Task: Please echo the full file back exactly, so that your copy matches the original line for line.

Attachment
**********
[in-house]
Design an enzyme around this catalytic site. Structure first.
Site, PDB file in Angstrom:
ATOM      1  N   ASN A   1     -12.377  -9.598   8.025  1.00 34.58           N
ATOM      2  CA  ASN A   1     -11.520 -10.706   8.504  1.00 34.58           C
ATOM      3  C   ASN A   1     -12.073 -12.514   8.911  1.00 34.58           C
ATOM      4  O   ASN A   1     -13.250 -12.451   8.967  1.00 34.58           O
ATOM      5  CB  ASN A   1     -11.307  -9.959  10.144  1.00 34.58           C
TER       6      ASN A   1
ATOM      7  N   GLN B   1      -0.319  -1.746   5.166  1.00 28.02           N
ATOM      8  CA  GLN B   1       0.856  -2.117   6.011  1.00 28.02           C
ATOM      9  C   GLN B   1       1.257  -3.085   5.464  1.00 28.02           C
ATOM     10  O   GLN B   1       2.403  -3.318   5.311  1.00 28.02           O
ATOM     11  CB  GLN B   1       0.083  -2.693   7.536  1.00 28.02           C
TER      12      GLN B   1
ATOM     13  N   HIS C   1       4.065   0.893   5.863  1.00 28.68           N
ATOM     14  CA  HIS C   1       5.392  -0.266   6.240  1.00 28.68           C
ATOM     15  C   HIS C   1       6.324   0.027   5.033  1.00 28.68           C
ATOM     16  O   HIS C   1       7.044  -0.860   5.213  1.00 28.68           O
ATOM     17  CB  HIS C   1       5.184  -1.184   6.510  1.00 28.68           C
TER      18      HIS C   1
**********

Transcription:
[in-house]
Design an enzyme around this catalytic site. Structure first.
Site, PDB file in Angstrom:
ATOM      1  N   ASN A   1     -12.377  -9.598   8.025  1.00 34.58           N
ATOM      2  CA  ASN A   1     -11.520 -10.706   8.504  1.00 34.58           C
ATOM      3  C   ASN A   1     -12.073 -12.514   8.911  1.00 34.58           C
ATOM      4  O   ASN A   1     -13.250 -12.451   8.967  1.00 34.58           O
ATOM      5  CB  ASN A   1     -11.307  -9.959  10.144  1.00 34.58           C
TER       6      ASN A   1
ATOM      7  N   GLN B   1      -0.319  -1.746   5.166  1.00 28.02           N
ATOM      8  CA  GLN B   1       0.856  -2.117   6.011  1.00 28.02           C
ATOM      9  C   GLN B   1       1.257  -3.085   5.464  1.00 28.02           C
ATOM     10  O   GLN B   1       2.403  -3.318   5.311  1.00 28.02           O
ATOM     11  CB  GLN B   1       0.083  -2.693   7.536  1.00 28.02           C
TER      12      GLN B   1
ATOM     13  N   HIS C   1       4.065   0.893   5.863  1.00 28.68           N
ATOM     14  CA  HIS C   1       5.392  -0.266   6.240  1.00 28.68           C
ATOM     15  C   HIS C   1       6.324   0.027   5.033  1.00 28.68           C
ATOM     16  O   HIS C   1       7.044  -0.860   5.213  1.00 28.68           O
ATOM     17  CB  HIS C   1       5.184  -1.184   6.510  1.00 28.68           C
TER      18      HIS C   1